I’ve had my Carvin Bolt guitar for just over 20 years now and ordered it new. The story behind it is I needed a decent guitar for the gigs I was playing in my band back in the day. The only good electric guitar I had at the time was my Carvin doubleneck, so I went to the Carvin factory showroom in San Diego and asked them if they wanted to buy my 1976 doubleneck or give me credit toward a new guitar–they did and I was able to order a custom guitar to my specs! Unfortunately 20 years ago having the option to have your electric guitar sound like an acoustic was not cheap and to looking back didn’t sound all that great.
Fast forward to 2020 and peizo transducers are quite cheap. You can even find some pretty cheap piezo bridges, well under $100, but you will need some kind of preamp for the peizo pickups. Having a straight non-active setup like the factory electronics in my Carvin sounds crappy and just isn’t loud enough.
I have been experimenting with placement of these discs. On my fretless bass, I managed to sandwich one between the neck and the neck pocket of the bass and another one under the bridge. The problem I ran into was if I wired them in series with the pickups that were in the bass, even if they had their own volume, it just wasn’t loud enough to be usable in the real world. I would need two separate outputs so I could run each signal into 2 different amps or different channels in the PA.
After the piezos were in place, one stuck in the bridge pickup cavity and the other under the bridge, I needed a small preamp. One of the things I wanted to not do is cut up my guitar, even adding a battery door on the back or an extra jack to the side of the body. I ended up finding a teeny preamp which was reasonable priced around $30, wired it up using a second output jack and volume control. Check it out in the photo at the top of this page.
Following Schatten’s directions for the most part, the preamp worked fine amplifying the peizo signal. But having it wired in series with my stock magnetic pickups was not the solution. I could either have the piezos on or the magnetic pickups on. Schatten also sells a dual input preamp, but I didn’t want my other pickups to be active. What I finally decided on was two outputs. This serves two purposes as an acoustic signal wouldn’t sound very good going through a regular guitar amp with distortion, etc., and the same goes for the magnetic pickups going through an acoustic amp’s settings. I could have both signals going out one output and using a pedalboard to control which I wanted to use, but if I wanted to blend the signals together, it would be tricky without two outputs. How would I separate the signal? Two outputs it is!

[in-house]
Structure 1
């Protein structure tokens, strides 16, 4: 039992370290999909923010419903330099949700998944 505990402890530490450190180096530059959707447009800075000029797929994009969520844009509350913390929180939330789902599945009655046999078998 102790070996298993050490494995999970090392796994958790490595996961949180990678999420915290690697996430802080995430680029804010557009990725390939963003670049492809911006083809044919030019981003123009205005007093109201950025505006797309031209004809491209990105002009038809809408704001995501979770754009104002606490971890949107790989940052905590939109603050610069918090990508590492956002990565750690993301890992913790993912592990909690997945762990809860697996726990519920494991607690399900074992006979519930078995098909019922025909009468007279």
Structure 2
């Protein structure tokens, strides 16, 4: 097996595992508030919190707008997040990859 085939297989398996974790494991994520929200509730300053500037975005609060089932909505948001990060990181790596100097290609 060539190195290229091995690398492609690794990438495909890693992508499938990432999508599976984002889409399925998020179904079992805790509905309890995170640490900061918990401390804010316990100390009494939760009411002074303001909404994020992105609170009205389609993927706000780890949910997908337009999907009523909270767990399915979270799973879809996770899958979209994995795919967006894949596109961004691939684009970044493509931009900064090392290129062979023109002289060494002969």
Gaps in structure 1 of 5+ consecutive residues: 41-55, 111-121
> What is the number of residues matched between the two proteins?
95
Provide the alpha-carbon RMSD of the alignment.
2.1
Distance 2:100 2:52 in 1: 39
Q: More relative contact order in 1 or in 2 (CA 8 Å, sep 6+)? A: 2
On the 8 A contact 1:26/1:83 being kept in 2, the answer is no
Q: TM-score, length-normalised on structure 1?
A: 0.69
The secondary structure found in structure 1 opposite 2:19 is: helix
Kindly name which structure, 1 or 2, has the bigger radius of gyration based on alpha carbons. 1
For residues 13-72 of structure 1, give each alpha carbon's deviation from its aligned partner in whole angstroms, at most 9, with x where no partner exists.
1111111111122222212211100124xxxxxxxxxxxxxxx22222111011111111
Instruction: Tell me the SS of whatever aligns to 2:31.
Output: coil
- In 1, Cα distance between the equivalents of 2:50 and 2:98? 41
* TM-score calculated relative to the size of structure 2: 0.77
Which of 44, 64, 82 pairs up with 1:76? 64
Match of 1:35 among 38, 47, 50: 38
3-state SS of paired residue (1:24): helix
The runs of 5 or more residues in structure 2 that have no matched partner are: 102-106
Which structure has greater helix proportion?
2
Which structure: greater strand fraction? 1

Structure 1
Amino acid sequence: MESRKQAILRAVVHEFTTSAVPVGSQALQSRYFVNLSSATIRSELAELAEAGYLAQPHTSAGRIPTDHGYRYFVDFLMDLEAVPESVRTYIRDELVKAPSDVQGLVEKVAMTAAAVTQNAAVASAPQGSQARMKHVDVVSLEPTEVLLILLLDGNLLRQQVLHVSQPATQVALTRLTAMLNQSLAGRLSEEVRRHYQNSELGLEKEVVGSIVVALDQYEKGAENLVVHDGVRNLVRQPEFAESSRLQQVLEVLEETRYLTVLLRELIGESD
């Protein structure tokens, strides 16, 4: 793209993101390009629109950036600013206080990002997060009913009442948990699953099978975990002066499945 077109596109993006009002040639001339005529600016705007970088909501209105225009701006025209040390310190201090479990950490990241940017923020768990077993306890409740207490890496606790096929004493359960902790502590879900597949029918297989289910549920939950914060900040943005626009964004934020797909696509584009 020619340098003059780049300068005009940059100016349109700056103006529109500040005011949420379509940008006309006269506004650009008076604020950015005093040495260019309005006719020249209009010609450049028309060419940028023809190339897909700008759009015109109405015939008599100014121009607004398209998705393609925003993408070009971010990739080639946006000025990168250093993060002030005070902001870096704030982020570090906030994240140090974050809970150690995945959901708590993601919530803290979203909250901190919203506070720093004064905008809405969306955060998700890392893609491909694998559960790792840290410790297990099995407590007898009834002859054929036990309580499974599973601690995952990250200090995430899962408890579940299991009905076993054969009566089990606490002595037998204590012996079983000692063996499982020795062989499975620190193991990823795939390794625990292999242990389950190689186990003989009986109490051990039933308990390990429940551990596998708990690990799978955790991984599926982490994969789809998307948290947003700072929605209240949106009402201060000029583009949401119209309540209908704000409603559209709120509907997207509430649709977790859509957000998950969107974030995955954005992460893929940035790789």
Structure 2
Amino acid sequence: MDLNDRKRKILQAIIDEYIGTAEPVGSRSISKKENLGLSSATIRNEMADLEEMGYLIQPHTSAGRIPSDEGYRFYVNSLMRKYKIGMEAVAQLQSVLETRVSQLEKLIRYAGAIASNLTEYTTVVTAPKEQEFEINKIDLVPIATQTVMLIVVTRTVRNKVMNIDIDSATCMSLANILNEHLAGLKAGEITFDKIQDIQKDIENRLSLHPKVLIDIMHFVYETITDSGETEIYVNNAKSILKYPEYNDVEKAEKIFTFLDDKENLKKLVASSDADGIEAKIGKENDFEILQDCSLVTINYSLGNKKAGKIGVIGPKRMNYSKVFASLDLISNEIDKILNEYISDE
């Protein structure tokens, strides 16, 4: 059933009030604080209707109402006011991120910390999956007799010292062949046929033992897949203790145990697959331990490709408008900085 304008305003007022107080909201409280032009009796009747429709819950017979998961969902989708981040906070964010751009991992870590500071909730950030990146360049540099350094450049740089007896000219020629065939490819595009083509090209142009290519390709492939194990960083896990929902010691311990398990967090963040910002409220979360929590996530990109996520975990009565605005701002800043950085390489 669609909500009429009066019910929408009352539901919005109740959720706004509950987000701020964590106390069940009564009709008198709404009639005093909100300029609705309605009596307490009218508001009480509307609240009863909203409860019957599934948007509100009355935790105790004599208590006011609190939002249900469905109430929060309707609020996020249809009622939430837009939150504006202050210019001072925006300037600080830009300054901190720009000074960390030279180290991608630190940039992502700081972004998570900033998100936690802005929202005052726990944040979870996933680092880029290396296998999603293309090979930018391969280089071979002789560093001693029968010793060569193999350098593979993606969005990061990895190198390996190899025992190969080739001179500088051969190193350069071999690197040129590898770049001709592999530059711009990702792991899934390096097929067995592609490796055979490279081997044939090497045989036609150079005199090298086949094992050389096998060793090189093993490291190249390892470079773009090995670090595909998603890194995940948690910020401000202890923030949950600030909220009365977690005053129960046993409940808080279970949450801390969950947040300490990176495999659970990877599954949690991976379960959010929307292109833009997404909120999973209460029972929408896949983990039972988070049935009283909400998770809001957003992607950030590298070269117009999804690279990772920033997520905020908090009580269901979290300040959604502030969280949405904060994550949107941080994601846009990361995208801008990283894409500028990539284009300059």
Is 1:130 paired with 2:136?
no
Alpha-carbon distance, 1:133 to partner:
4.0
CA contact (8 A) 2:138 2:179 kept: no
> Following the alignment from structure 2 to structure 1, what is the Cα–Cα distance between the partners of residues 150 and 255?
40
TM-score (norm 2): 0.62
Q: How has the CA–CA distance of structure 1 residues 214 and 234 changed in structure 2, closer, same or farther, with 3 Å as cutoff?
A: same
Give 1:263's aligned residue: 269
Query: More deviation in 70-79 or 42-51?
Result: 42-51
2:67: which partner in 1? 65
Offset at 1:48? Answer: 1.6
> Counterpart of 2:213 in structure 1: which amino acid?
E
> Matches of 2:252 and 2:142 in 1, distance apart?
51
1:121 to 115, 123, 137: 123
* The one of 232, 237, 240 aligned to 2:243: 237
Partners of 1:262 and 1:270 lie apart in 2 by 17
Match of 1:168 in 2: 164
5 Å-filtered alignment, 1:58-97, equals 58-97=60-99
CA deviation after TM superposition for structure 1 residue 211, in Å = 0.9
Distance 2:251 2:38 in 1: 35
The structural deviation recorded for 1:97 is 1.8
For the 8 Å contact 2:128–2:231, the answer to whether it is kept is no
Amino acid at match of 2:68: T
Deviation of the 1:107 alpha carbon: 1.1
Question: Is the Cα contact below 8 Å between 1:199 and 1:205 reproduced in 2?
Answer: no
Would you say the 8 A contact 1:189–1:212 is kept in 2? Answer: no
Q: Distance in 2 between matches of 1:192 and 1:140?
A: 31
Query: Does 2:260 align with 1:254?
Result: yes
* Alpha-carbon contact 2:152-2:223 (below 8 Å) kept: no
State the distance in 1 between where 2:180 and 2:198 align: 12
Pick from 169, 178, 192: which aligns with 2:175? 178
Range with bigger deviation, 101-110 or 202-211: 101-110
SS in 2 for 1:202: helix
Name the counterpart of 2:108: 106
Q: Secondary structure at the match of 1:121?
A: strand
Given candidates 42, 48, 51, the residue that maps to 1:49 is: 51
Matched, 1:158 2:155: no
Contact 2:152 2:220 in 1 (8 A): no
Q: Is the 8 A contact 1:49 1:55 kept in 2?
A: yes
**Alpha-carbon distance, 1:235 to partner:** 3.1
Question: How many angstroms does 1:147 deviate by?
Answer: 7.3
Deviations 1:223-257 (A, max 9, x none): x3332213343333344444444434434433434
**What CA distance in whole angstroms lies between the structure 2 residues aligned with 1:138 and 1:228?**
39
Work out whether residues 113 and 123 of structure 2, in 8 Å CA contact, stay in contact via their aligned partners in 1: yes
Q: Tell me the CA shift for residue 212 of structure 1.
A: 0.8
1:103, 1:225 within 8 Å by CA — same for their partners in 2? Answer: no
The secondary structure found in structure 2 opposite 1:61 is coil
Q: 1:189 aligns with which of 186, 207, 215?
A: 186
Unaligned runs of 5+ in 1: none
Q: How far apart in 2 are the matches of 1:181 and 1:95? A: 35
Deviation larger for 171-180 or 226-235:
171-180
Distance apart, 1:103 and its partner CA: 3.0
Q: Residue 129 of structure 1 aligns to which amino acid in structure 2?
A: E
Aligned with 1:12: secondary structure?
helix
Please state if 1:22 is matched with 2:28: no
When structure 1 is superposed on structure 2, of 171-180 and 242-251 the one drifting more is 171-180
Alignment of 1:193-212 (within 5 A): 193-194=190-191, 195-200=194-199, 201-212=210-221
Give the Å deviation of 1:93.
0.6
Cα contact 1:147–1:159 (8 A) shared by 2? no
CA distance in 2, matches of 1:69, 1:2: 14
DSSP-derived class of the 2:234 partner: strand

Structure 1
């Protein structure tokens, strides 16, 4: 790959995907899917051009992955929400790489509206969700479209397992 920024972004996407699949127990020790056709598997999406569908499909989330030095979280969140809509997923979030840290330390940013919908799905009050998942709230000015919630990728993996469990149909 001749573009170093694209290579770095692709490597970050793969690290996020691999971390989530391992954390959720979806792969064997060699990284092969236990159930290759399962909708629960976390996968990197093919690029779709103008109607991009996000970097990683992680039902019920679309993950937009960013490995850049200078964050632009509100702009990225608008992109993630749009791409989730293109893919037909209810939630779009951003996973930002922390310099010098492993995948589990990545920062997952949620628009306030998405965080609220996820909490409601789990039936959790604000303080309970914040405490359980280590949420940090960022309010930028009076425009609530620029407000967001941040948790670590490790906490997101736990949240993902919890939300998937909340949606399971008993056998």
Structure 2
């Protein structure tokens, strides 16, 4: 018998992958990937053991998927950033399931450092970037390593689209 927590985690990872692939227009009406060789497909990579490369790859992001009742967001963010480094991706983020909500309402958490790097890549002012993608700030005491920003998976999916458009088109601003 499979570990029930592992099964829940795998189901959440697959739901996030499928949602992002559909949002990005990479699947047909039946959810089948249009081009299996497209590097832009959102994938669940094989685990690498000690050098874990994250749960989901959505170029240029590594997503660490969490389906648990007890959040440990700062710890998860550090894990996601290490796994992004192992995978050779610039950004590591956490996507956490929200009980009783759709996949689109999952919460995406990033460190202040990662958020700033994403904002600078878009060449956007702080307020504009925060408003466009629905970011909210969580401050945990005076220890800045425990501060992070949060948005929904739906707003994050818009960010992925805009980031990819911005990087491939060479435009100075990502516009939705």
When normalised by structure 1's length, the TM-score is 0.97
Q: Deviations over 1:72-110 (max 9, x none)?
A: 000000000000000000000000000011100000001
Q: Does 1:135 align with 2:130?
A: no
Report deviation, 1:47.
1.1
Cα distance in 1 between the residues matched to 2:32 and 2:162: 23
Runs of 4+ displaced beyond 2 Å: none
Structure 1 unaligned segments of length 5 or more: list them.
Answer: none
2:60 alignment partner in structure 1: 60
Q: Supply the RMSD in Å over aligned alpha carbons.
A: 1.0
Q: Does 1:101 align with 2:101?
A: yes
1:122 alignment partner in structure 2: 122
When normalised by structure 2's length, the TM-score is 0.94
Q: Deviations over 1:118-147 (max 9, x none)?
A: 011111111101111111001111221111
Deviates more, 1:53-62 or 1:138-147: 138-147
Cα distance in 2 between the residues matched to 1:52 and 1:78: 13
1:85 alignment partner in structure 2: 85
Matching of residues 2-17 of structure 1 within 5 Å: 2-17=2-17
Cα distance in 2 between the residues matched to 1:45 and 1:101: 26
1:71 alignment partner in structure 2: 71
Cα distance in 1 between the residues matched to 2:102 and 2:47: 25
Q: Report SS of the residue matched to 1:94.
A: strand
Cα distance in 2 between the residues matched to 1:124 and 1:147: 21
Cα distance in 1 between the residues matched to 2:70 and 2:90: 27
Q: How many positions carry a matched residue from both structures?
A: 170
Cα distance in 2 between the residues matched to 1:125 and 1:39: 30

I also wanted to use a push/pull pot (potentiometer) because, you know, they’re so cool and it looks impressive when you pull that volume or tone knob out and adjust the signal. My push/pull pot could serve a couple different things. Since I had to lose the coil split switch in order to install a separate jack, I might use a push/pull pot to split the coil. Now that I think about it, I have never really liked or used that feature. Not as a rhythm guitarist anyway. Also on the chopping block was the tone knob. I’ve never been a fan of tone controls on guitars or basses so that left me room for a volume knob in the pickguard.
My solution ended up being using the capacitor from the tone circuit and wiring it to the push/pull pot; similar to the diagram on the right. When the pot is in the normal, down position, the capacitor is in the circuit, rolling off some of the high frequencies. If I want a brighter signal, I can pop the knob (pull) up and now it’s brighter because that side of the switch doesn’t have that capacitor. I can always add a capacitor or fool around with different values of things to get exactly what I want.
One question you may have is why not use a stereo (TRS: tip, ring, sleeve) jack? That way the magnetic pickups could be isolated from the piezos and run into different channels on the PA or different amps. Well, I am using a stereo jack…and a mono jack. Why? The ring switch on the TRS jack turns the preamp circuit on when a cable is plugged in. That way my 9V battery lasts longer and I wouldn’t have to worry about a thump when the preamp turned on. Plus it’s a pain to get this pickguard off and I hate changing strings. That’s one of the reasons I became a bass player. Fun fact, Donald “Duck” Dunn reportedly never changed the strings on his famous P-Bass. But I digress.
I got it all crammed back under the pickguard, trying to be careful when cramming it in there, testing each circut’s signal before each part of assembly. Once I got the strings on, the peizos weren’t working anymore. That’s where this ends for now, until I can get back to it and see what came loose, manage the wires along with the preamp board and 9V battery all in the same cavity as it were.